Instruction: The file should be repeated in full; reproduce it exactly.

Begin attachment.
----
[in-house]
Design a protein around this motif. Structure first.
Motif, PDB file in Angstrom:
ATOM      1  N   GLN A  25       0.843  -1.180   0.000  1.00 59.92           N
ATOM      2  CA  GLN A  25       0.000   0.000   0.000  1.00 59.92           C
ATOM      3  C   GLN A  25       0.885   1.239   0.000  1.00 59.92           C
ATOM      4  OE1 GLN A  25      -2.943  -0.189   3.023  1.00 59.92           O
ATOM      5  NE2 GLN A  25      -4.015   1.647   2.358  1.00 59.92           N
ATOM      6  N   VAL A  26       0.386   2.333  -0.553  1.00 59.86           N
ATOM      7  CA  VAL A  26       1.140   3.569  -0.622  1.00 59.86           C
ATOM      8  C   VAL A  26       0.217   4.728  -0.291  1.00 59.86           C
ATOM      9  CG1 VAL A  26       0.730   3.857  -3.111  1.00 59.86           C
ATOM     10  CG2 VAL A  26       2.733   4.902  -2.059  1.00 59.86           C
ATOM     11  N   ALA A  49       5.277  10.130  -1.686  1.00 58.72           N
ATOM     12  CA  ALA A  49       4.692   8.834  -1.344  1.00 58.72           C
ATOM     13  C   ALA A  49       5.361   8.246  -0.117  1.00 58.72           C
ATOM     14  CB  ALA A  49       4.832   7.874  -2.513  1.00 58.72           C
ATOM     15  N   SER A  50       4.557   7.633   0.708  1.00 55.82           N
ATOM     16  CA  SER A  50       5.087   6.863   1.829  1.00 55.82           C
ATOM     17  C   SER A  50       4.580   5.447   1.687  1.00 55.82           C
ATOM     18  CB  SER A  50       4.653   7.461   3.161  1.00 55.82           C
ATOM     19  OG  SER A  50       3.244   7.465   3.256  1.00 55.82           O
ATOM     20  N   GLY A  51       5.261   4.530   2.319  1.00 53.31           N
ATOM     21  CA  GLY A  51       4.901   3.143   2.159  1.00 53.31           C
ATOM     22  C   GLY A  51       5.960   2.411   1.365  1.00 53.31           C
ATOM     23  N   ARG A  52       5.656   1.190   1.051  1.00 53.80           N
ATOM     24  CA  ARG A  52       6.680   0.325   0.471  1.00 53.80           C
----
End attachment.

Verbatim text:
[in-house]
Design a protein around this motif. Structure first.
Motif, PDB file in Angstrom:
ATOM      1  N   GLN A  25       0.843  -1.180   0.000  1.00 59.92           N
ATOM      2  CA  GLN A  25       0.000   0.000   0.000  1.00 59.92           C
ATOM      3  C   GLN A  25       0.885   1.239   0.000  1.00 59.92           C
ATOM      4  OE1 GLN A  25      -2.943  -0.189   3.023  1.00 59.92           O
ATOM      5  NE2 GLN A  25      -4.015   1.647   2.358  1.00 59.92           N
ATOM      6  N   VAL A  26       0.386   2.333  -0.553  1.00 59.86           N
ATOM      7  CA  VAL A  26       1.140   3.569  -0.622  1.00 59.86           C
ATOM      8  C   VAL A  26       0.217   4.728  -0.291  1.00 59.86           C
ATOM      9  CG1 VAL A  26       0.730   3.857  -3.111  1.00 59.86           C
ATOM     10  CG2 VAL A  26       2.733   4.902  -2.059  1.00 59.86           C
ATOM     11  N   ALA A  49       5.277  10.130  -1.686  1.00 58.72           N
ATOM     12  CA  ALA A  49       4.692   8.834  -1.344  1.00 58.72           C
ATOM     13  C   ALA A  49       5.361   8.246  -0.117  1.00 58.72           C
ATOM     14  CB  ALA A  49       4.832   7.874  -2.513  1.00 58.72           C
ATOM     15  N   SER A  50       4.557   7.633   0.708  1.00 55.82           N
ATOM     16  CA  SER A  50       5.087   6.863   1.829  1.00 55.82           C
ATOM     17  C   SER A  50       4.580   5.447   1.687  1.00 55.82           C
ATOM     18  CB  SER A  50       4.653   7.461   3.161  1.00 55.82           C
ATOM     19  OG  SER A  50       3.244   7.465   3.256  1.00 55.82           O
ATOM     20  N   GLY A  51       5.261   4.530   2.319  1.00 53.31           N
ATOM     21  CA  GLY A  51       4.901   3.143   2.159  1.00 53.31           C
ATOM     22  C   GLY A  51       5.960   2.411   1.365  1.00 53.31           C
ATOM     23  N   ARG A  52       5.656   1.190   1.051  1.00 53.80           N
ATOM     24  CA  ARG A  52       6.680   0.325   0.471  1.00 53.80           C